[swift-evolution] Enums and Source Compatibility

Rod Brown rodney.brown6 at icloud.com
Thu Sep 7 08:03:27 CDT 2017

> On 7 Sep 2017, at 9:26 pm, Vladimir.S via swift-evolution <swift-evolution at swift.org> wrote:
> On 07.09.2017 7:33, Chris Lattner via swift-evolution wrote:
>>> On Sep 5, 2017, at 5:19 PM, Jordan Rose via swift-evolution <swift-evolution at swift.org <mailto:swift-evolution at swift.org>> wrote:
>>> I've taken everyone's feedback into consideration and written this up as a proposal: https://github.com/jrose-apple/swift-evolution/blob/non-exhaustive-enums/proposals/nnnn-non-exhaustive-enums.md. The next step is working on an implementation, but if people have further pre-review comments I'd be happy to hear them.
>> Hi Jordan,
>> I apologize in advance that I haven’t followed the back and forth on this thread, so I’m sorry if these thoughts are duplicative:
>> I really would prefer to avoid introducing the notion of exhaustive/nonexhaustive enums into Swift, and would much prefer that such a thing be limited to C (which can’t express this concept already).
>> We’ve talked about enums many times across years, and it seems like the appropriate model follows the generally understood resilience model. Specifically, there should be three different kinds of enums, and the kind should affect users outside their module in different ways:
>> 1. private/fileprivate/internal enum: cases can be added freely.  All clients are in the same module, so the enum is implicitly fragile, and all switches within the current module may therefore be exhaustive.
>> 2. public enum (i.e., one that isn’t marked fragile): cases may be added freely.   Within the module that defines the enum, switches may be exhaustive.  However, because the enum is public and non-fragile, clients outside the current module must be prepared for the enum to add additional cases in future revisions of the API, and therefore they cannot exhaustively match the cases of the enum.
> Just small note. As I understand, this is a source breaking suggestion, no?
> I mean any client code for 'public enum' coming from another module, will have to add 'default' case in 'switch'. So, the previously correct code will not compile. Or do you suggest to raise a warning only for the first time and raise an error in next version of Swift?

Yes. By defaulting to “non fragile” we add a source incompatibility, because Swift is currently assuming fragility. In Jordan’s proposal, it is assuming fragility/exhaustive by default, and therefore would be source compatible. Good point.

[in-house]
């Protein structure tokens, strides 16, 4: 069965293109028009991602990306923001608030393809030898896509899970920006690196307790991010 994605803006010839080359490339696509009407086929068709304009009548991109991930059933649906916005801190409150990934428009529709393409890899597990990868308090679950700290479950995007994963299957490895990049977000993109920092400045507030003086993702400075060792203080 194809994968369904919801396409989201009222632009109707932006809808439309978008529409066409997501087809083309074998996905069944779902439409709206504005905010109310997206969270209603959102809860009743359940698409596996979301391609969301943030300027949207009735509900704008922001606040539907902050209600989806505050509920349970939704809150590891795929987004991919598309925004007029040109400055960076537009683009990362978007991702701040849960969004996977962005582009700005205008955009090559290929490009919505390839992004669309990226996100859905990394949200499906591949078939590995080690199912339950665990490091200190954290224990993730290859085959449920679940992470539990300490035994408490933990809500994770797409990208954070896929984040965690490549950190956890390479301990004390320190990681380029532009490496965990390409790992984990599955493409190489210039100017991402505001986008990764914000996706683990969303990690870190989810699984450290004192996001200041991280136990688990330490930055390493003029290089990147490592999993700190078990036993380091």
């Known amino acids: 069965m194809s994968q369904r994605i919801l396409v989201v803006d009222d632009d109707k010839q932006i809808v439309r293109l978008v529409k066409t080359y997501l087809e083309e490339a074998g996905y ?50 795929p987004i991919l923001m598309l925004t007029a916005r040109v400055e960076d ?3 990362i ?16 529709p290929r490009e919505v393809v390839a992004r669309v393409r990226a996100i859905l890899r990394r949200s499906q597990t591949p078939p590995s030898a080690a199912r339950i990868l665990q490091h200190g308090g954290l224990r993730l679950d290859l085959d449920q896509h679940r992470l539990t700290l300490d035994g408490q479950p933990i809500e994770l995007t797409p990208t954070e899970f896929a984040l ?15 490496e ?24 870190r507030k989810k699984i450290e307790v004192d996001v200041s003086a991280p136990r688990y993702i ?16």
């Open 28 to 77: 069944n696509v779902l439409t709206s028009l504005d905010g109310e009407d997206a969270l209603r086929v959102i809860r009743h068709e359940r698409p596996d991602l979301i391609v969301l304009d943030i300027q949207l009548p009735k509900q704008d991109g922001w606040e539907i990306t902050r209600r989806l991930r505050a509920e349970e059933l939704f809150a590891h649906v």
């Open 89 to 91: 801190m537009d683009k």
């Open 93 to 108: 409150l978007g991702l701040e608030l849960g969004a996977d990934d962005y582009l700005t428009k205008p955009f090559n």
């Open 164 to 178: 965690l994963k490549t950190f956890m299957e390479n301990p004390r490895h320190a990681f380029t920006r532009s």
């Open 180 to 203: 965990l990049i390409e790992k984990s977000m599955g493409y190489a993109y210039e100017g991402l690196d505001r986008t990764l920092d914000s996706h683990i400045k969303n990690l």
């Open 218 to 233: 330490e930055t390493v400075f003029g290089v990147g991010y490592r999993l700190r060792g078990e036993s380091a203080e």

I keep wavering back and forth on the importance of Source Compatibility with this one. Defaulting to “exhaustive” seems dangerous to me. It makes your framework (and future versions of it) fragile without ever having to think about it. At least if the keyword of “exhaustive” or “fragile” or “sealed” meant that you actively chose the fragility that will handcuff you later down the road.

>> 3. fragile public enum: cases may not be added, because that would break the fragility guarantee.  As such, clients within or outside of hte current module may exhaustively match against the enum.
> I think 'fragile' word does not reflect what is guaranteed for this enum. The author guaranteed that this enum will not be changed, not "this enum can broke your code". Can't we use 'sealed'/'closed'/'fixed' here?
> Vladimir.
>> This approach gives a very natural user model: app developers don’t have to care about enum resilience until they mark an enum as public, and even then they only have to care about it when/if they mark an enum as public.  This also builds on the notion of fragility - something we need for other nominal types like structs and classes - so it doesn’t introduce new language complexity.  Also such an approach is entirely source compatible with Swift 3/4, which require defaults (this isn’t an accident, it follows from the anticipated design).
>> This approach doesn’t address the problem of what to do with C though, because C doesn’t have a reasonable notion of “extensible” vs “nonextensible” enum.  As such, we definitely do need an attribute (or something) to add to Clang.  I think that your proposal for defaulting to “extensible” and using __attribute__((enum_extensibility(closed))) override this is perfectly sensible.
>> -Chris
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